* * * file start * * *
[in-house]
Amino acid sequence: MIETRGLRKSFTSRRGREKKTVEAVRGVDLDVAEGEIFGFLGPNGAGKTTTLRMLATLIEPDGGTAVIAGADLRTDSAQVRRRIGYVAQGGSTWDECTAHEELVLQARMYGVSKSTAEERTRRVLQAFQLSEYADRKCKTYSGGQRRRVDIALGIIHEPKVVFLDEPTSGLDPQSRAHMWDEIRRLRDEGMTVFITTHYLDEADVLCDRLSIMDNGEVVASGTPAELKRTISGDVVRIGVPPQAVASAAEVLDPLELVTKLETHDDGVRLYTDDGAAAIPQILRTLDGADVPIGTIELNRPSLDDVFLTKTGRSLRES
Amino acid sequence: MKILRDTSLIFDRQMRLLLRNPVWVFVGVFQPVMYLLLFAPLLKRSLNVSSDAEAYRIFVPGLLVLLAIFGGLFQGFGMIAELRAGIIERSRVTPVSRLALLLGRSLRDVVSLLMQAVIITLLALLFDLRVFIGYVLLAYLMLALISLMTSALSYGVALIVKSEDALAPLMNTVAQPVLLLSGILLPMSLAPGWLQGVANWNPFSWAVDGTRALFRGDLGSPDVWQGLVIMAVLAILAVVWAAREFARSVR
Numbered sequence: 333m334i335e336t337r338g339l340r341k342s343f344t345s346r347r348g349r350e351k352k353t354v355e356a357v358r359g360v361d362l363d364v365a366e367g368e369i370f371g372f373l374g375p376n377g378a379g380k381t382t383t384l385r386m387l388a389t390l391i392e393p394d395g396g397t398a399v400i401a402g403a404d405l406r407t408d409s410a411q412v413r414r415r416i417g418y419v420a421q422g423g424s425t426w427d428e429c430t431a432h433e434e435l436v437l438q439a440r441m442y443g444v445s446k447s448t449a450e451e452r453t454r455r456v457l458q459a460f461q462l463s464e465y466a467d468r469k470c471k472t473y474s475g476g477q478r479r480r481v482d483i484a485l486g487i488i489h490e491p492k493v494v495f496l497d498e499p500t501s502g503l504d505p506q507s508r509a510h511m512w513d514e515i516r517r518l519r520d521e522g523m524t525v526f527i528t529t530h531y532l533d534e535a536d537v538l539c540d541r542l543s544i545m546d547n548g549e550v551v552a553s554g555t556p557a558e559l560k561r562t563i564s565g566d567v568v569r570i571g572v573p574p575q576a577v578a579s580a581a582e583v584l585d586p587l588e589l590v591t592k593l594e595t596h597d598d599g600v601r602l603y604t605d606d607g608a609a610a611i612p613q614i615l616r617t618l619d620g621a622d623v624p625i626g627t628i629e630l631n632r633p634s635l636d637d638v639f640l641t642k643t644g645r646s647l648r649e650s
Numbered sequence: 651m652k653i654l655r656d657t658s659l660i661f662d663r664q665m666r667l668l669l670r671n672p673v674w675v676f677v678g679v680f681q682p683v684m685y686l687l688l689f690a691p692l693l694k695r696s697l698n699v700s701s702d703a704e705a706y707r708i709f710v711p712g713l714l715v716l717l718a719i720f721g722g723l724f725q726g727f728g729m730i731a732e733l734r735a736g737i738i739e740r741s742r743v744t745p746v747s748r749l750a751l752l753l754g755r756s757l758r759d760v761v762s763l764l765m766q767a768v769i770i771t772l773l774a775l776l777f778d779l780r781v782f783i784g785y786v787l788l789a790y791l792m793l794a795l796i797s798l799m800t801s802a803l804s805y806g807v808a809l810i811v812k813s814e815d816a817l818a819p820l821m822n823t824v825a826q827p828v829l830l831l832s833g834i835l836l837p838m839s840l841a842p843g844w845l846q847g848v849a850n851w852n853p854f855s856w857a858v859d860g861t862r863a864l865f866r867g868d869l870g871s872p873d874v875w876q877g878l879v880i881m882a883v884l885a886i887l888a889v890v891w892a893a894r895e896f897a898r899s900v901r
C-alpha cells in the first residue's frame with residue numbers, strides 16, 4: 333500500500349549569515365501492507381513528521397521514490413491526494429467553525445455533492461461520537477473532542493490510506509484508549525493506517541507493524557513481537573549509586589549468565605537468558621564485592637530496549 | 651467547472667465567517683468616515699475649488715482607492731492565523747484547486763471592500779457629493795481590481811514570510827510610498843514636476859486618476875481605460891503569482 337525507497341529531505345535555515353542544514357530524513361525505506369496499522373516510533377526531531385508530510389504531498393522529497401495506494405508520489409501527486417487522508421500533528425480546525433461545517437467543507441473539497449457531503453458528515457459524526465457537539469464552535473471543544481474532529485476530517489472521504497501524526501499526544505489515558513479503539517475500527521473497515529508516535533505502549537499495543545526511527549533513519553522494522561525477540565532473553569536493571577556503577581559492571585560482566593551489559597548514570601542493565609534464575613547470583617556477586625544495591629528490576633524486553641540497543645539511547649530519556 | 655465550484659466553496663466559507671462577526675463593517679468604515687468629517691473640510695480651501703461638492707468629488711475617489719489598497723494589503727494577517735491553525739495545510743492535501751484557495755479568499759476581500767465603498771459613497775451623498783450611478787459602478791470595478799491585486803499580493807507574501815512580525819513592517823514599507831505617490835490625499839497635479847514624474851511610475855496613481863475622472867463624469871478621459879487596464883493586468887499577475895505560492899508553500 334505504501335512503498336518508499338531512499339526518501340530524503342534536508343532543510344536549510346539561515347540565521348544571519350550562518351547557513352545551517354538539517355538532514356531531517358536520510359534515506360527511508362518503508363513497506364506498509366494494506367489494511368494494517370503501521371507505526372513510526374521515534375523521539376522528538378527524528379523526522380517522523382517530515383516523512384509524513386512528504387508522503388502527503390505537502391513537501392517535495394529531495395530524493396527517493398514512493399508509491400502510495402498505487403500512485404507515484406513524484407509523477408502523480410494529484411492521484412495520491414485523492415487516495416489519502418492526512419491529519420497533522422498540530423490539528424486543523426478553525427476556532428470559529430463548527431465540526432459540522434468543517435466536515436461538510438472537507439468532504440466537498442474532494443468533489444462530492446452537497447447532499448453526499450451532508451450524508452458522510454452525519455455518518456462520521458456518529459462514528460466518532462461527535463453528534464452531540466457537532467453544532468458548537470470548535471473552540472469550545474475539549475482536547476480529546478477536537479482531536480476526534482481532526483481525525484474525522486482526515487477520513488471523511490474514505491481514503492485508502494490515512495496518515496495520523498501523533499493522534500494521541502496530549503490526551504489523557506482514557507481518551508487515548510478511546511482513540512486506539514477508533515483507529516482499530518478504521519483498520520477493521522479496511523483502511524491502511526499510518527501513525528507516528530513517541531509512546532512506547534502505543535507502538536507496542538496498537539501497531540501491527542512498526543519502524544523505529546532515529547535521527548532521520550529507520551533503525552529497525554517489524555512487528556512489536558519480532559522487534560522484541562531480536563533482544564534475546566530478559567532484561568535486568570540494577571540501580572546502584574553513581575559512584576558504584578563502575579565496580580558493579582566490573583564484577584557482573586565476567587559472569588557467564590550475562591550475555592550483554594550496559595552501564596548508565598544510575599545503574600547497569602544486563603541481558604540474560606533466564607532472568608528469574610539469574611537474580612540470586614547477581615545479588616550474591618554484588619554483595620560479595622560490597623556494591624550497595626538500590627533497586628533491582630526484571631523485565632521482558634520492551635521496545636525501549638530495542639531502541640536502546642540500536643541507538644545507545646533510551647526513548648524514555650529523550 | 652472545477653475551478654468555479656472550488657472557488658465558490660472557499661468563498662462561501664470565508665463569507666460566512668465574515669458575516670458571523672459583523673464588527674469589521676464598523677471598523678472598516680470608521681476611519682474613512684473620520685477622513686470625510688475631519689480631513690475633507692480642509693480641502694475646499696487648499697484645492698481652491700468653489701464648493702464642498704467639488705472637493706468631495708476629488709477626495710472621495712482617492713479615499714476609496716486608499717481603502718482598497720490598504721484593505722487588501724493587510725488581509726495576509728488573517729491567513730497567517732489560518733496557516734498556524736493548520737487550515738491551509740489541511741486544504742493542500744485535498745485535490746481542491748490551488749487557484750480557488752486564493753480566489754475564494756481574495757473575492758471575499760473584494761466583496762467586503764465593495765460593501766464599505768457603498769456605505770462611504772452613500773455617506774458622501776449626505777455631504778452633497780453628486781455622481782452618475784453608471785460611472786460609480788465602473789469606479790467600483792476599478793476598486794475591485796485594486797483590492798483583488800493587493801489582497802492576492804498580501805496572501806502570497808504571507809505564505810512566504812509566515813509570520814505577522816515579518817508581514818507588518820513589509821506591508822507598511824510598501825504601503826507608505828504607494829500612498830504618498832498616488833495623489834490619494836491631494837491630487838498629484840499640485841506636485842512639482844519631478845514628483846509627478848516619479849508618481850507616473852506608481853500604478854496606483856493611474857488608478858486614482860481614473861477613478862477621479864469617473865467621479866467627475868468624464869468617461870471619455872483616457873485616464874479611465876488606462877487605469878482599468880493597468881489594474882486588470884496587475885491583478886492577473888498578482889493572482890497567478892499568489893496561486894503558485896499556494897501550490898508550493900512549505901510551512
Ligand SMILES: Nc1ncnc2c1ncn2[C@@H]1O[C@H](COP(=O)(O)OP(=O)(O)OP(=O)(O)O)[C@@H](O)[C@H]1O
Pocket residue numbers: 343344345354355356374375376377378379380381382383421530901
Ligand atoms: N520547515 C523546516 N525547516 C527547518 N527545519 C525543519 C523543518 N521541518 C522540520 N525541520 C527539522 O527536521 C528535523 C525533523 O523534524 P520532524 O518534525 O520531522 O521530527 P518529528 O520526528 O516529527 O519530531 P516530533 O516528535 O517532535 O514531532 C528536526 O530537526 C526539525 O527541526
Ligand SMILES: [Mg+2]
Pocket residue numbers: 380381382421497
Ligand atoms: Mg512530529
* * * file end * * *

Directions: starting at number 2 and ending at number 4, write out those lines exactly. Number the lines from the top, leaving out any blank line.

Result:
Amino acid sequence: MIETRGLRKSFTSRRGREKKTVEAVRGVDLDVAEGEIFGFLGPNGAGKTTTLRMLATLIEPDGGTAVIAGADLRTDSAQVRRRIGYVAQGGSTWDECTAHEELVLQARMYGVSKSTAEERTRRVLQAFQLSEYADRKCKTYSGGQRRRVDIALGIIHEPKVVFLDEPTSGLDPQSRAHMWDEIRRLRDEGMTVFITTHYLDEADVLCDRLSIMDNGEVVASGTPAELKRTISGDVVRIGVPPQAVASAAEVLDPLELVTKLETHDDGVRLYTDDGAAAIPQILRTLDGADVPIGTIELNRPSLDDVFLTKTGRSLRES
Amino acid sequence: MKILRDTSLIFDRQMRLLLRNPVWVFVGVFQPVMYLLLFAPLLKRSLNVSSDAEAYRIFVPGLLVLLAIFGGLFQGFGMIAELRAGIIERSRVTPVSRLALLLGRSLRDVVSLLMQAVIITLLALLFDLRVFIGYVLLAYLMLALISLMTSALSYGVALIVKSEDALAPLMNTVAQPVLLLSGILLPMSLAPGWLQGVANWNPFSWAVDGTRALFRGDLGSPDVWQGLVIMAVLAILAVVWAAREFARSVR
Numbered sequence: 333m334i335e336t337r338g339l340r341k342s343f344t345s346r347r348g349r350e351k352k353t354v355e356a357v358r359g360v361d362l363d364v365a366e367g368e369i370f371g372f373l374g375p376n377g378a379g380k381t382t383t384l385r386m387l388a389t390l391i392e393p394d395g396g397t398a399v400i401a402g403a404d405l406r407t408d409s410a411q412v413r414r415r416i417g418y419v420a421q422g423g424s425t426w427d428e429c430t431a432h433e434e435l436v437l438q439a440r441m442y443g444v445s446k447s448t449a450e451e452r453t454r455r456v457l458q459a460f461q462l463s464e465y466a467d468r469k470c471k472t473y474s475g476g477q478r479r480r481v482d483i484a485l486g487i488i489h490e491p492k493v494v495f496l497d498e499p500t501s502g503l504d505p506q507s508r509a510h511m512w513d514e515i516r517r518l519r520d521e522g523m524t525v526f527i528t529t530h531y532l533d534e535a536d537v538l539c540d541r542l543s544i545m546d547n548g549e550v551v552a553s554g555t556p557a558e559l560k561r562t563i564s565g566d567v568v569r570i571g572v573p574p575q576a577v578a579s580a581a582e583v584l585d586p587l588e589l590v591t592k593l594e595t596h597d598d599g600v601r602l603y604t605d606d607g608a609a610a611i612p613q614i615l616r617t618l619d620g621a622d623v624p625i626g627t628i629e630l631n632r633p634s635l636d637d638v639f640l641t642k643t644g645r646s647l648r649e650s